These men – and perhaps some others – are those described in Peter Hopkirk’s wonderful book, Foreign Devils on the Silk Road who are now remembered in dire ignominy (at least by the Chinese tourist board) as the thieves and “rapists” who pillaged a good deal of the ancient art and manuscripts from China’s western regions. Very many of the little information plaques in the Mogao Caves (and other archaeological sites I have visited) end with a “tip of the cap” to these episodes and the rapacious tendencies of western adventurers.
Essentially what happened was that several of these men were in the area (meaning broadly western China) when word got out of the discovery of this treasure-trove of manuscripts in “Cave 17” at Mogao. The Swede Hedin was occupied with his discoveries of several “lost cities” in the southern area of the Tarim Basin and so delayed; in 1905, the German von Le Coq, hearing the news in nearby Hami, was similarly divided between certain other sites lying to the west, so he flipped a coin and Dunhuang happened to lose – and so he lost out on one of the greatest archaeological finds of the 20th century.
It was left to Sir Aurel Stein, two years later, to be the first “foreign devil” to arrive at the caves to investigate the library cave and catalogue what it contained. He was astonished by what he found. Evidently an expert he at once recognised the value of what was stored there. Depending on your viewpoint, his next move certainly preserved the documents, but essentially deprived China of an incredibly rich piece of its history. He set about building a friendship with the abbot Wang Yuanlu, and gradually introduced the idea that he might purchase at least a proportion of the manuscripts from the abbot and take them away with him back to India and then to England for further inspection and scholarship.
Some of the manuscripts which Stein removed from the Library Cave at Mogao Ku, Dunhuang
To be fair to Stein, his intentions, gleaned from his journals and letters, appear to have been in the interests of posterity. A genuine scholar, he had no confidence whatsoever that leaving such a rich and important find in the precarious hands of this monk, and during a period of political meltdown in China as the empire was in its death throes and China was entering a period of major upheaval as the new-born Republic tried to assert itself, would ensure the manuscripts’ preservation. He may well have been correct in this view, since one can still see the damage caused during the Cultural Revolution of the ‘60s and ‘70s, with murals defaced and huge chunks of Buddhist artistry gouged out of the walls, the result of this unfortunate glut of cultural vandalism.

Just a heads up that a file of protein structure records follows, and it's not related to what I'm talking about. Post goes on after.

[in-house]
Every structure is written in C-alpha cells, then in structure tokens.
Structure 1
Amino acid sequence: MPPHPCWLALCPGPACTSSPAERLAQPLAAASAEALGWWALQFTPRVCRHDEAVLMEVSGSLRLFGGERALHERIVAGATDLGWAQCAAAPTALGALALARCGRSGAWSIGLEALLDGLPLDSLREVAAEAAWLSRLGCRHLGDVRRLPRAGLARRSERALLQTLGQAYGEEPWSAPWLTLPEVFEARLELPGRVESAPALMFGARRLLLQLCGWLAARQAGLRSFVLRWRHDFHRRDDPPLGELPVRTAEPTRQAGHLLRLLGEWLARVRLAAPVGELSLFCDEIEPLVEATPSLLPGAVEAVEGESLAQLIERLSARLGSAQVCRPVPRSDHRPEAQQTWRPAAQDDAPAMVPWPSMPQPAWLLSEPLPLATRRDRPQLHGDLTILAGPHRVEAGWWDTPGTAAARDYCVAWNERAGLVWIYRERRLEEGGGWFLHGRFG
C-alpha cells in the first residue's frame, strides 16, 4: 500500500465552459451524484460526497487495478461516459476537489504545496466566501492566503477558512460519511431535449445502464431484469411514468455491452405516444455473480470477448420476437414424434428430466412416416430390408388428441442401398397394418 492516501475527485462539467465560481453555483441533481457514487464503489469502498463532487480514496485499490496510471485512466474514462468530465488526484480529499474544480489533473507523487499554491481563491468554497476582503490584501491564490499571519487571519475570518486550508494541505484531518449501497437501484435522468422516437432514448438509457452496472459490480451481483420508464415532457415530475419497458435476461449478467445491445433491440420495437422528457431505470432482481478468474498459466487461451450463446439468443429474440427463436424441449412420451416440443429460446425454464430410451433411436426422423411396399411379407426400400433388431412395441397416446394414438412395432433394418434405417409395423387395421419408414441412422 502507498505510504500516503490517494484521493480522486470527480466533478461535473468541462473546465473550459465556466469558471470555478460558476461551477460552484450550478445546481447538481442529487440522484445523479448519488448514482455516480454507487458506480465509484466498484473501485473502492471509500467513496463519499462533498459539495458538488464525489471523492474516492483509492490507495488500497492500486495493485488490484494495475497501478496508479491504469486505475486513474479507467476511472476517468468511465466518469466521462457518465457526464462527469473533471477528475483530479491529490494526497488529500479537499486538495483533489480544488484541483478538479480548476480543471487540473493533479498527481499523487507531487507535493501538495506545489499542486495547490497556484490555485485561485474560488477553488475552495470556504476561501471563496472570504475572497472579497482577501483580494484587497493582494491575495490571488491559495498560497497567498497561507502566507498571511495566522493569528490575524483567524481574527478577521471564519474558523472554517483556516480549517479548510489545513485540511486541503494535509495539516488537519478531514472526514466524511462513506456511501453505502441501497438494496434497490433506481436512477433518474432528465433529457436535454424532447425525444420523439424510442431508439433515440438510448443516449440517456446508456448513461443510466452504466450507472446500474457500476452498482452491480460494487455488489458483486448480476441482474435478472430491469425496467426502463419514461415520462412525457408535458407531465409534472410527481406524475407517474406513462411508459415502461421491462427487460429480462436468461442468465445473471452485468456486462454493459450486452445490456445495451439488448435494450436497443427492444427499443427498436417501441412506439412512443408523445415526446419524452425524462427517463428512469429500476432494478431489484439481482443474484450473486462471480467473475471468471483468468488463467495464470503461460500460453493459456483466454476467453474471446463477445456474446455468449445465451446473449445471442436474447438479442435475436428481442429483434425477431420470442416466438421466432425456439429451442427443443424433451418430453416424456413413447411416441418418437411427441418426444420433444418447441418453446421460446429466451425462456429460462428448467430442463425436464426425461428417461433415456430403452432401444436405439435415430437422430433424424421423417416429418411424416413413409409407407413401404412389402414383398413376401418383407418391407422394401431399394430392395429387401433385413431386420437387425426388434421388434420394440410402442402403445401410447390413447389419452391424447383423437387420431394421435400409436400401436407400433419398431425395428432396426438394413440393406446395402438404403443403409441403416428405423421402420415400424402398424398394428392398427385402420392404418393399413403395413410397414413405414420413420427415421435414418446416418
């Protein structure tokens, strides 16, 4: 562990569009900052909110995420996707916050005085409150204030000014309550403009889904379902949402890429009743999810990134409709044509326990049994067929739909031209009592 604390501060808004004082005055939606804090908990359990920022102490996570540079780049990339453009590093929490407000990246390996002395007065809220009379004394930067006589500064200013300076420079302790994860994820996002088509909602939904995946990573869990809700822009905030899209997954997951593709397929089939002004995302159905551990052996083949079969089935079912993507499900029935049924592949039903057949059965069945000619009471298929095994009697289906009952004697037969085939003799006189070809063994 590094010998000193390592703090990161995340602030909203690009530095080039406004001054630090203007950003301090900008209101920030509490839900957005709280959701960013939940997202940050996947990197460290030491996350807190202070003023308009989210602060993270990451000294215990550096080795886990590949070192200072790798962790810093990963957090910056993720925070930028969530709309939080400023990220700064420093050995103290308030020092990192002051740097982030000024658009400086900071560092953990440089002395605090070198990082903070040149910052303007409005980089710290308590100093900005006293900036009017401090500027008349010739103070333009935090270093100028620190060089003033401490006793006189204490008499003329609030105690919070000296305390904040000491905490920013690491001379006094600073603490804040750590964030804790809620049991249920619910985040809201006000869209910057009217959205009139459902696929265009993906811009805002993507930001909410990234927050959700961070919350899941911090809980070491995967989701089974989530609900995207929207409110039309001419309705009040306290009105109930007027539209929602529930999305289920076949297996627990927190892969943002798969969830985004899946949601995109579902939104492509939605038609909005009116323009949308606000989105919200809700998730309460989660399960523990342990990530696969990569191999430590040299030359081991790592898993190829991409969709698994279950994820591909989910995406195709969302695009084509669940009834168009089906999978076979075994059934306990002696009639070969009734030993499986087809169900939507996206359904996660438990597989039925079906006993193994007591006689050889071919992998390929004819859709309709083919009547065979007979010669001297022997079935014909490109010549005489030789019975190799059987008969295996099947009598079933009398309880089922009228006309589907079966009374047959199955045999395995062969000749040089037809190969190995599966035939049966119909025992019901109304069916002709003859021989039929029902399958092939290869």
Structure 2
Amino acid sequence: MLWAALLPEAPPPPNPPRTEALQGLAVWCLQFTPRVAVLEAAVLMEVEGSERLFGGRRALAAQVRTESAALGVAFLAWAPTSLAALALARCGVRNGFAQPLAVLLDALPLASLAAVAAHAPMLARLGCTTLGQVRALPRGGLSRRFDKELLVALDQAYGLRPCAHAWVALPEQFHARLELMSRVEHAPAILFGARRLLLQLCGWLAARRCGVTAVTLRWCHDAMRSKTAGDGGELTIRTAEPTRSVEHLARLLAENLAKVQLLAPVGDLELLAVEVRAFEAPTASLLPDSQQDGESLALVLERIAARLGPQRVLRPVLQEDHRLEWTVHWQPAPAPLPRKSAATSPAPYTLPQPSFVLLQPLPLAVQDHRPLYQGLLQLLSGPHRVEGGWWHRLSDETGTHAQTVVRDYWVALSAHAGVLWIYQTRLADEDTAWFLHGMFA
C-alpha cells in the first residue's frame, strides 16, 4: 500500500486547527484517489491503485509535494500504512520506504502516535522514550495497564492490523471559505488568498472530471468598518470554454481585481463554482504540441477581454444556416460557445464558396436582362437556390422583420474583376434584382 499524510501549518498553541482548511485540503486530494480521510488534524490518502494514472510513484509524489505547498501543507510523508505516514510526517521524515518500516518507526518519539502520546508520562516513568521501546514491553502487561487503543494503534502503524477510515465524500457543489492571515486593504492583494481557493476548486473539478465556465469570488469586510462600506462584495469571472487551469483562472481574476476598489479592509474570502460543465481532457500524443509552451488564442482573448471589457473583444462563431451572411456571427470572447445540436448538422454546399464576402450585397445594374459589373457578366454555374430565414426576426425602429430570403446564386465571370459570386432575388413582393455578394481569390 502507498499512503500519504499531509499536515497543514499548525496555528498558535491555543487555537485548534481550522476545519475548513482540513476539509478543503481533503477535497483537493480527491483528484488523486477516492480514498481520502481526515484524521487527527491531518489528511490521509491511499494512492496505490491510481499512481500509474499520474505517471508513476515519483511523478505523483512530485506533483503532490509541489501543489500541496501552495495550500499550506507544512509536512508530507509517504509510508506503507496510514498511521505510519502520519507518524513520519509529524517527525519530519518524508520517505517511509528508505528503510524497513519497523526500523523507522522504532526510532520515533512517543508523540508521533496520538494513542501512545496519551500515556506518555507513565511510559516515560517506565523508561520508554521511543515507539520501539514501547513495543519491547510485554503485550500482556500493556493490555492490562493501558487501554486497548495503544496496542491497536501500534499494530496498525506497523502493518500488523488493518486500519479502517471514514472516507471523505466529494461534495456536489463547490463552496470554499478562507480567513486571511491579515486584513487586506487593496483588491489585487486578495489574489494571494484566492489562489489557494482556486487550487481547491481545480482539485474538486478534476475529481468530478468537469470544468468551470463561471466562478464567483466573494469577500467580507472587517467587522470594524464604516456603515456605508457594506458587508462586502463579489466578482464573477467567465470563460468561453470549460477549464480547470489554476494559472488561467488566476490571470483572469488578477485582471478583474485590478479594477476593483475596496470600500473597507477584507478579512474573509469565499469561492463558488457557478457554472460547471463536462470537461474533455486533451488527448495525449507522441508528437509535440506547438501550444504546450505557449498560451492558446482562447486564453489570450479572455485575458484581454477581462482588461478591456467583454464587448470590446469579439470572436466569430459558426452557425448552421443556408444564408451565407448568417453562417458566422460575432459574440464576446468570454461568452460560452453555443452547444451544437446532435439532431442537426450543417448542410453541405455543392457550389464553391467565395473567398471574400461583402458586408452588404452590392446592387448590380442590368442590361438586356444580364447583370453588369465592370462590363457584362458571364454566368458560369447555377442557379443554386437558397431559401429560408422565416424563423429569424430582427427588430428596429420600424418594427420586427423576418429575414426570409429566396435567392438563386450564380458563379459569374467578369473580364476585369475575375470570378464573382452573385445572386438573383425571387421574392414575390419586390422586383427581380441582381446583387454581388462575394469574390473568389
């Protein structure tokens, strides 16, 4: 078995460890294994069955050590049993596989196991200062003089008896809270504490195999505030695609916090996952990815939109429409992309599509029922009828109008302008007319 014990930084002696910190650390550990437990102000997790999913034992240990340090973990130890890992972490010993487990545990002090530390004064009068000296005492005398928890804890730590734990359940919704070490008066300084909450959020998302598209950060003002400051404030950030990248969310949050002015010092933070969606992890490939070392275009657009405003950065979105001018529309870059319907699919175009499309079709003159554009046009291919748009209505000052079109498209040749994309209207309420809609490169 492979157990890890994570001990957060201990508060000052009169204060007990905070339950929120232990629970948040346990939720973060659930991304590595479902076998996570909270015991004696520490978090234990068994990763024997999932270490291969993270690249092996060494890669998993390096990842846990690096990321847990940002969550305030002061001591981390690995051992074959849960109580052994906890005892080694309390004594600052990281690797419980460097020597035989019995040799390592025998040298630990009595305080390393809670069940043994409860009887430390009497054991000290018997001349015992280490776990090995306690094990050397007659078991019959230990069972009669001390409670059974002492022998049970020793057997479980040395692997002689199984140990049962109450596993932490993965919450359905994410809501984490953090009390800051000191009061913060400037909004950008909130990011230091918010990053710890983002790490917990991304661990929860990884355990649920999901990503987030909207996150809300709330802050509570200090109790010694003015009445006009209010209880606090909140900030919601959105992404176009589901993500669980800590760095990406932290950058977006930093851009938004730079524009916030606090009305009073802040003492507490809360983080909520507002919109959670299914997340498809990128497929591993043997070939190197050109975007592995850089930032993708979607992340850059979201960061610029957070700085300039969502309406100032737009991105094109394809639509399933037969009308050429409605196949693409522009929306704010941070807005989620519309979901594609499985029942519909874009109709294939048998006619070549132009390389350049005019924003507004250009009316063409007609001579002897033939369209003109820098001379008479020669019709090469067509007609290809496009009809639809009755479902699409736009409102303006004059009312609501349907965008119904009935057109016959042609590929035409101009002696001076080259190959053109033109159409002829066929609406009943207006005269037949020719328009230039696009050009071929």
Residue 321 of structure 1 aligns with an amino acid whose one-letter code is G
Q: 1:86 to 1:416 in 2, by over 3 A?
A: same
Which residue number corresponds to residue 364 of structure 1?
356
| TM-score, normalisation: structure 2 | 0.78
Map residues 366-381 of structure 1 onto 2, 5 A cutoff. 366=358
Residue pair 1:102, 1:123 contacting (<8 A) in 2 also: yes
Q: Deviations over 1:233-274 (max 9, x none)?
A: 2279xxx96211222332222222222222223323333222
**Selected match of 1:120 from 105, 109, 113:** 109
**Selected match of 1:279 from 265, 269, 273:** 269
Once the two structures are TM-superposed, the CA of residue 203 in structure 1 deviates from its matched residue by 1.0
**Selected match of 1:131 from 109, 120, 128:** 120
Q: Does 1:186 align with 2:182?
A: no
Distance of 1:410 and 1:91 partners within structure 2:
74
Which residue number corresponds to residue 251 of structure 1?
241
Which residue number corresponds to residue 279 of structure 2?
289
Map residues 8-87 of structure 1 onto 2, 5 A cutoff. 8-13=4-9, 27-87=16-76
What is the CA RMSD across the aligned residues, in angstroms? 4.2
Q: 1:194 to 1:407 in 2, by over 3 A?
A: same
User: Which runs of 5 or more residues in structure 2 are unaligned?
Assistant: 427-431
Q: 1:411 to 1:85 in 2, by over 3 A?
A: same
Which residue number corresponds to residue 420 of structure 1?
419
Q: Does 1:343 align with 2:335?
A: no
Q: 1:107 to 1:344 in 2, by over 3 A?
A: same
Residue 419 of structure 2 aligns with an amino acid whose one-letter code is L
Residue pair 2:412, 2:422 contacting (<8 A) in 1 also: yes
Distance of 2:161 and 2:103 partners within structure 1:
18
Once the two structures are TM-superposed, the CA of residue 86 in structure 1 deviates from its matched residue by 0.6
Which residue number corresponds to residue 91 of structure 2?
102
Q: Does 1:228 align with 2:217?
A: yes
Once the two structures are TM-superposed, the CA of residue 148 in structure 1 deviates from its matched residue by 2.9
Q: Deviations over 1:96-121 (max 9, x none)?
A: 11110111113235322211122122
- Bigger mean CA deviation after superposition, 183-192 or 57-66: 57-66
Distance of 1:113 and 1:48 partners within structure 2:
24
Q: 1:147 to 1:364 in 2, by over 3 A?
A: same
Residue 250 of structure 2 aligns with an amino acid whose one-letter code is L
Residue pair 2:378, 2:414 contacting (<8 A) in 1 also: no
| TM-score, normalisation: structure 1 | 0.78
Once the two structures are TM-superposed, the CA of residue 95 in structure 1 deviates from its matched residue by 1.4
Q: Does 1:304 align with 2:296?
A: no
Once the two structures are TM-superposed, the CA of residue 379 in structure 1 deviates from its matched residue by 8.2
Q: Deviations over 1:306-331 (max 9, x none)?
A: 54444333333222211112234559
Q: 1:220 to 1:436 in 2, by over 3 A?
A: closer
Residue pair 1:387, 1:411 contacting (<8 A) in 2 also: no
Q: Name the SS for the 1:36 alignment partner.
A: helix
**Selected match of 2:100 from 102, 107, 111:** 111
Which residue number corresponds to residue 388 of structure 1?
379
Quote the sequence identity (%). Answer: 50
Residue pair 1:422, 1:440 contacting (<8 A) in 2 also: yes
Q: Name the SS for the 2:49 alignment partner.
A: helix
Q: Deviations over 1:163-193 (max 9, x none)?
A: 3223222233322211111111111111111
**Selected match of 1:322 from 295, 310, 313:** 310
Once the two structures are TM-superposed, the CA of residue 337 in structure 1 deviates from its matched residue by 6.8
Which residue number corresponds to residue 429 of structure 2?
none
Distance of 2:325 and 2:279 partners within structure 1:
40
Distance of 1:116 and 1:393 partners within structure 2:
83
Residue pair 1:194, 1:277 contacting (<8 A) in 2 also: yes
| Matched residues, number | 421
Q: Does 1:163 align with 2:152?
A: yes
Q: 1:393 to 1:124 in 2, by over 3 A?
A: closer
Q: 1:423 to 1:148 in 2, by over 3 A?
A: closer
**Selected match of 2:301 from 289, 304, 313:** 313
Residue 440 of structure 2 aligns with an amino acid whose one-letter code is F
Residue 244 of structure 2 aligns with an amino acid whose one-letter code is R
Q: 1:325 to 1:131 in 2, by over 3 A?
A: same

In the end, after gaining the abbot’s confidence, Stein made off with over 10,000 manuscripts and wall paintings, crated up and taken away, which have now ended up mostly in the British Museum or the National Museum in New Delhi. A priceless treasure, all for the princely sum of £120 – which even in those days was essentially nothing.
Not long after him, in 1908, the Frenchman Paul Pelliot arrived, who selected the rarest and most valuable of those that remained, handed over a mere £90, and transported them back to France, where they are now housed in the Musée Guimet in Paris. At this point, the authorities in Beijing caught wind of what was going on and immediately ordered an embargo on the removal of any more of these manuscripts. However, this didn’t appear to stop at least three others from as many countries continuing to remove material from Dunhuang.
The Japanese Zuicho Tachibana in 1911, and then the Russian Sergei Oldenburg in 1914 managed to take away yet more artefacts, the latter’s troops leaving graffiti and causing considerable desecration to many of the caves in the process. And then finally the American Langdon Warner was last to the honeypot in 1923. Seeing the rapid deterioration of the site, he too saw it as an honourable duty to “break [his] neck to rescue anything and everything” that he could, which in the end meant a few wall paintings and statues from two of the caves.
It is an interesting episode in archaeological history as it of course raises some quite barbed questions about the very nature of foreign intervention in another country’s artefacts and historical legacy. Should these men be castigated as piratical treasure-hunters, or celebrated as determined scholars with the selfless interests of a universal human posterity at heart? Of course books could be written in response to this question. What’s sure is that these days this could never happen.